Salvation in the Orthodox Christian Church

It seems that in recent years the word "salvation" has been dwindled down to a single question...Are You Saved? And what is meant by this is, when you die, do you know for sure if you going to heaven or hell? While certainly eternal life is of the utmost importance, this is just a part of what salvation truly entails. For Orthodox Christians, salvation is something deeper, truer, and much more magnificent.

The following is from the book Surprised by Christ, by the Rev. A. James Bernstein. In his book, Father Bernstein chronicles his journey from Judaism to Orthodox Christianity (with a few stops inbetween). His opening paragraph from Chapter 16 entitled "What Is Salvation" does an excellent job in explaining the Orthodox Christian understanding of this topic.

The Orthodox Christian understanding of atonement is incarnational. It has as its basis not the law or the courtroom, but God's unconditional love and grace. We begin with the understanding that forgiveness and atonement are not essentially legal or juridical concepts. They are principally therapeutic, organic, synergistic, transformational, and ultimately ontological in nature. In fact, the Greek word translated as "salvation" is soterias, whose root meaning is "health." So being saved means more than being saved from something, such as death or hell; it also means being healed or made whole. When Jesus says, "Your faith has saved you" (Luke 7:50), He means, "Your faith has healed you," or "Your faith has made you whole." Forgiveness and atonement pertain to God's participation in His creation in order to renew His image and likeness in us, bringing us to wholeness and fulfillment."

Salvation is not a one-time decision, it is an ongoing decision. It is a synergistic work between God and us. It requires both our willful participation and God's grace. It is about using every breath at every second to attain to this salvation, this healing of our broken selves to the fulfillment of the hymn sung at an Orthodox Christian baptism "As many as have been baptized in Christ, have put on Christ." (Gal 3:27) At baptism, we begin the journey of healing, of "salvaging" that image of God that is given to us at our conception, but is already damaged because we are born into a world that is anything but Paradise. That is why, to be a Christian, we are "born again" at baptism but this time to the glory of Jesus Christ. To quote St. Paul we "die daily" (1 Cor 15:31) to our old self and "work out our own salvation with fear and trembling"(Phil 2:12). Not fear that God will punish us for a slip-up but with the fear that if we stop trying and reaching for the goal of restoring that image of God within us, that we will re-vert back to our old selfish ways, and lose whatever healing we have gained thus far. And it's not just a healing of our own imperfections, but a healing of the wounds created by the world around us that we had no choice but to just be recipients. In knowing this Orthodox Christian definition of salvation, it now makes complete sense that Jesus says: "He who endures to the end will be saved." (Matt 10:22, Matt 24:13, Mark 13:13)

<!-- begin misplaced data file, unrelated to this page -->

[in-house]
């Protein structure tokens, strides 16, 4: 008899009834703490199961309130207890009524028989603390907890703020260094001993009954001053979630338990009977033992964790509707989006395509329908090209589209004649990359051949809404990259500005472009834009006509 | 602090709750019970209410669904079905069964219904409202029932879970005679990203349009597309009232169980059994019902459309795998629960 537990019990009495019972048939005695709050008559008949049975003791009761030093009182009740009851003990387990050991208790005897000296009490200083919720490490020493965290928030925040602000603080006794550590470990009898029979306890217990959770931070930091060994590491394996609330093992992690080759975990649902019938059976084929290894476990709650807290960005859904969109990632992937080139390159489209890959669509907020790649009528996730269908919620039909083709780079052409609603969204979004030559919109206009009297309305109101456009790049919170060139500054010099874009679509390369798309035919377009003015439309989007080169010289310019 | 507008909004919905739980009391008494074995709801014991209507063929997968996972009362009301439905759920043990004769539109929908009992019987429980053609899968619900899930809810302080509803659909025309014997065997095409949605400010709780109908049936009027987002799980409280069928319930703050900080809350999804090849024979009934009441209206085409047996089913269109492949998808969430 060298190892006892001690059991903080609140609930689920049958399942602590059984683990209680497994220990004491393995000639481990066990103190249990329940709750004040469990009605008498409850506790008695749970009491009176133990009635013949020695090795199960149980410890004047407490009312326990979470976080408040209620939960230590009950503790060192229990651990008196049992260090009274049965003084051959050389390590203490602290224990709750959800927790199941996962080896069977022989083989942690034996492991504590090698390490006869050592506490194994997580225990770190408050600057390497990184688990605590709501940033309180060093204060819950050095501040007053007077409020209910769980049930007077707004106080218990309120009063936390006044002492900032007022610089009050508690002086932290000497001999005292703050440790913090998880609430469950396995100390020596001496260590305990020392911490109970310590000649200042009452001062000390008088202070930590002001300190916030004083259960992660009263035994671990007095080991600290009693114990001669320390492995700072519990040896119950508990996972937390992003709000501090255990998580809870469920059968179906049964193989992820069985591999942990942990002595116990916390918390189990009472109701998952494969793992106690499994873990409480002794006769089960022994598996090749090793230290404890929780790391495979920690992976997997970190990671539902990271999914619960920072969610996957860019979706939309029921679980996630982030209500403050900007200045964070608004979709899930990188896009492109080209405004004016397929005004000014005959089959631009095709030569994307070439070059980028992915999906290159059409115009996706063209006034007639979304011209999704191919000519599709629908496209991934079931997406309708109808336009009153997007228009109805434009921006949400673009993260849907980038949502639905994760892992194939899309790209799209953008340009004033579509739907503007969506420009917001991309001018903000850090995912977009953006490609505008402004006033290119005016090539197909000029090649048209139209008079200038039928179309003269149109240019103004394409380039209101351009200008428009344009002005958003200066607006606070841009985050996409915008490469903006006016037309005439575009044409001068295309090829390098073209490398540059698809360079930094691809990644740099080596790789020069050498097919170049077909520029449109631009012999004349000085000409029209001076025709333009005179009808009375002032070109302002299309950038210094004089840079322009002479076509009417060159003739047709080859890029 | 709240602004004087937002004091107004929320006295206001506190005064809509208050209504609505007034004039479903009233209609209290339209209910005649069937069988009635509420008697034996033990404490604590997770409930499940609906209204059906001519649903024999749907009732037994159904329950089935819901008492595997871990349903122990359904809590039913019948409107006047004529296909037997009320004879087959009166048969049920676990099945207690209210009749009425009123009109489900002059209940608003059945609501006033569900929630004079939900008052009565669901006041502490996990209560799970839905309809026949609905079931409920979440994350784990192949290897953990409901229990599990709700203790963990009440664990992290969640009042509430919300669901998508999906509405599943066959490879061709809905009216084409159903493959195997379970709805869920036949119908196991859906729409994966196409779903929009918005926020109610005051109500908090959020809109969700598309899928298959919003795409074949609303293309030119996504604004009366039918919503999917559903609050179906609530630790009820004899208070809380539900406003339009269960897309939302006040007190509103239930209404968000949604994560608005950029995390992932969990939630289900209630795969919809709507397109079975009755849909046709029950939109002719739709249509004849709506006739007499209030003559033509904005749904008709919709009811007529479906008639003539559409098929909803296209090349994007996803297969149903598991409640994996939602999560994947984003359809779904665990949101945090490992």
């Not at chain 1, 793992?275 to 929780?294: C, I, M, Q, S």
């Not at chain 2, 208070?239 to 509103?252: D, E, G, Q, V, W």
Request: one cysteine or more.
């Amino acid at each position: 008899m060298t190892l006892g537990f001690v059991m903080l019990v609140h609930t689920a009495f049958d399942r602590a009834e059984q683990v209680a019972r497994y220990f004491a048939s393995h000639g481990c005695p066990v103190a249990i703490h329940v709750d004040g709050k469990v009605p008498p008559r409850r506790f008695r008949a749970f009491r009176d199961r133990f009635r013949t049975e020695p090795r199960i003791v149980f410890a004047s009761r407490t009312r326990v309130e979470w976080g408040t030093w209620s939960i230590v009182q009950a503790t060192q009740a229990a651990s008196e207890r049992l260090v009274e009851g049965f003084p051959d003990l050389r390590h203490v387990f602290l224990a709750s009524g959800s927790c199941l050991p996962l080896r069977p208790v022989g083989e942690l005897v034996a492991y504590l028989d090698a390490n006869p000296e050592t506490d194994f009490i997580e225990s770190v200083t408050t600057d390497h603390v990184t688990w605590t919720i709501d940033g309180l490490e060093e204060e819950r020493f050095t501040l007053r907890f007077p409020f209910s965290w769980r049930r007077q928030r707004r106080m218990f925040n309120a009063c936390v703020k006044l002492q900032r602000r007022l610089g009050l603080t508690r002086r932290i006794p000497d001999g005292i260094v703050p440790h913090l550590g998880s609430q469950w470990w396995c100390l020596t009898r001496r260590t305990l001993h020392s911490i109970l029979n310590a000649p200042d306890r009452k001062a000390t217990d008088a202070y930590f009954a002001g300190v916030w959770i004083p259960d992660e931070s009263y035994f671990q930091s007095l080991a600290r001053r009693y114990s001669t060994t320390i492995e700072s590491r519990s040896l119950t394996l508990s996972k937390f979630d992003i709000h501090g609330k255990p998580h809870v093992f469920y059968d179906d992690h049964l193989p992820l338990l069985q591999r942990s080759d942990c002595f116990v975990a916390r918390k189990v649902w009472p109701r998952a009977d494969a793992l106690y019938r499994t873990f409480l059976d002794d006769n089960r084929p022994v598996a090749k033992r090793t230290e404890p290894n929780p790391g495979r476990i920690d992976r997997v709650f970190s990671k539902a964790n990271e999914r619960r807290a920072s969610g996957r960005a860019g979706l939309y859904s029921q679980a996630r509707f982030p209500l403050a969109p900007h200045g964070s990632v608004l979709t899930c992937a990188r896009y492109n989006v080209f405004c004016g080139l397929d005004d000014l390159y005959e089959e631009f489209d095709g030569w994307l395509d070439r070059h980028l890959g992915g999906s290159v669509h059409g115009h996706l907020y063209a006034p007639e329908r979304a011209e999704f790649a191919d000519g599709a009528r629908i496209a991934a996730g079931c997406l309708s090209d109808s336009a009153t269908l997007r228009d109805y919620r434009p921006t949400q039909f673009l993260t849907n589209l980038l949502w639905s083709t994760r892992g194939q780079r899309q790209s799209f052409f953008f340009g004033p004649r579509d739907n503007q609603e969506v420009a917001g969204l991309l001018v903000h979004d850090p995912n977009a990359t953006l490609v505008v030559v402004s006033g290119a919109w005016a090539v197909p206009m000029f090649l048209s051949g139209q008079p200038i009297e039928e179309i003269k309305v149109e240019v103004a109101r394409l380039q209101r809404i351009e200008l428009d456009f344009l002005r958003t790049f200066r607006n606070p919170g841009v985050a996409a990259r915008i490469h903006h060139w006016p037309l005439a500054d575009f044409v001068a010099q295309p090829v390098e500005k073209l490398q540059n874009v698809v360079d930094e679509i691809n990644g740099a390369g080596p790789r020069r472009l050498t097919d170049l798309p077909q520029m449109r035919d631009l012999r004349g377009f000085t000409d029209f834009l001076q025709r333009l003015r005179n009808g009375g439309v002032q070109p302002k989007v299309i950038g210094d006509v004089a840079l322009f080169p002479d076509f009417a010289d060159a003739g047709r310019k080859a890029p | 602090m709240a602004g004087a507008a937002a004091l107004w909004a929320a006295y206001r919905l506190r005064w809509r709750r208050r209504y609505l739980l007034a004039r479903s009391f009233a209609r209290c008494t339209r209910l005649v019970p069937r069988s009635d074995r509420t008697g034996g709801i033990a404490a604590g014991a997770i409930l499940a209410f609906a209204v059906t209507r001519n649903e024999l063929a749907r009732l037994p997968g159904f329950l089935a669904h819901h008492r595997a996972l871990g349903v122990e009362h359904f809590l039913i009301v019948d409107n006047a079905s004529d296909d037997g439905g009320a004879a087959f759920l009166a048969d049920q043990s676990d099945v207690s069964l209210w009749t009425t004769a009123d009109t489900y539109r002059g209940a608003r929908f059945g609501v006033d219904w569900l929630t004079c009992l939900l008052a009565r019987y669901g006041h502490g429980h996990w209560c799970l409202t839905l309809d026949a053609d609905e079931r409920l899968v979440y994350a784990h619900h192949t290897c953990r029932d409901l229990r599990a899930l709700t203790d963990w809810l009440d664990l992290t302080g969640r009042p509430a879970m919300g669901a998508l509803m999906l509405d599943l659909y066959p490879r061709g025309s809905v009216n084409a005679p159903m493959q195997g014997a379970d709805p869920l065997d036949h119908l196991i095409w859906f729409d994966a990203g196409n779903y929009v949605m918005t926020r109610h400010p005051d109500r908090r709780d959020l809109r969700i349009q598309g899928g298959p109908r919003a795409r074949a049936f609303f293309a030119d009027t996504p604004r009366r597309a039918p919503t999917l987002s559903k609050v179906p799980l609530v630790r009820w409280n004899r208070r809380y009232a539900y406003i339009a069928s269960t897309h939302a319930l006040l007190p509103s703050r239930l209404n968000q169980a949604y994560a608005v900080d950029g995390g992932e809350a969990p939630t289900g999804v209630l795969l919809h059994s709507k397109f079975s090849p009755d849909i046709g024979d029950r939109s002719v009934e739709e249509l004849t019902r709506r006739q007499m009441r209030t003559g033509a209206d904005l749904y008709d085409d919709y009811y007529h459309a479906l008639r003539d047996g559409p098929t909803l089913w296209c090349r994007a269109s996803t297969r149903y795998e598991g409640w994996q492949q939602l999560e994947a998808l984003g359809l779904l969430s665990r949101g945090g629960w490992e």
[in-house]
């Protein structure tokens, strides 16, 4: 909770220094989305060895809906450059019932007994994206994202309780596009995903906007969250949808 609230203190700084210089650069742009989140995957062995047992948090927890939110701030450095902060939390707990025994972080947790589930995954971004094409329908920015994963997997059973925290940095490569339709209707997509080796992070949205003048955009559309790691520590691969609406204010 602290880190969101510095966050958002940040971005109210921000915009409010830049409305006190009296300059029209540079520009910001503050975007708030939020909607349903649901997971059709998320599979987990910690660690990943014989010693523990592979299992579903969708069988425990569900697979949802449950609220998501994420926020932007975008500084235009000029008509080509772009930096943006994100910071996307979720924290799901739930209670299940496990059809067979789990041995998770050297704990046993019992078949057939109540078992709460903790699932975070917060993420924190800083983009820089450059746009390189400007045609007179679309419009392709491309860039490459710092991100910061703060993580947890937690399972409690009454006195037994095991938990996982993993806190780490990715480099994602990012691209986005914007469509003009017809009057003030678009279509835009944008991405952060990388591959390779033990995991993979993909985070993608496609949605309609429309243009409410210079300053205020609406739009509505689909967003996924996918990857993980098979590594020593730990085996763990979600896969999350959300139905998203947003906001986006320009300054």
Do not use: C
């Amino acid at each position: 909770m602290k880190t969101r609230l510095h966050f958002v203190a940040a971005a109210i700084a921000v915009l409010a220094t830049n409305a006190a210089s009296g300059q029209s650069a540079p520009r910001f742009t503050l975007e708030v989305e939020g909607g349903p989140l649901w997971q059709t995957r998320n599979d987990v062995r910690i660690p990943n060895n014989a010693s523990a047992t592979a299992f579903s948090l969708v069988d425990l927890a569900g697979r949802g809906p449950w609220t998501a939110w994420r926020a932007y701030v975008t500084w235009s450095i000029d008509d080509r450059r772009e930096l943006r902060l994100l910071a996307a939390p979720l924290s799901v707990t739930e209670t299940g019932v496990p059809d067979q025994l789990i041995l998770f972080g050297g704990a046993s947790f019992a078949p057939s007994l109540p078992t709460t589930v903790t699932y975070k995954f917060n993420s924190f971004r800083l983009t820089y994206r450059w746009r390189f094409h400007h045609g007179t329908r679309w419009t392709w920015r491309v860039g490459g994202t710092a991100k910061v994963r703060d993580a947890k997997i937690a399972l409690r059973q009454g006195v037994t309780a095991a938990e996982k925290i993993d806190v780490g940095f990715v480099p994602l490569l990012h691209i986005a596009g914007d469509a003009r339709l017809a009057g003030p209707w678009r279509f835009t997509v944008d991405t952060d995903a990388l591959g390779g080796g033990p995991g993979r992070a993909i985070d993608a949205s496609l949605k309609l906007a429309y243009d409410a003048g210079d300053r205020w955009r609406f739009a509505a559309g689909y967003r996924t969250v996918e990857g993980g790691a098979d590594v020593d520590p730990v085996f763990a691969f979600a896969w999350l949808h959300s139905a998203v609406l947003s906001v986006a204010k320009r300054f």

Fr. Bernstein's book is available from Conciliar Press. There is a link to this merchant on the homepage of this blog.




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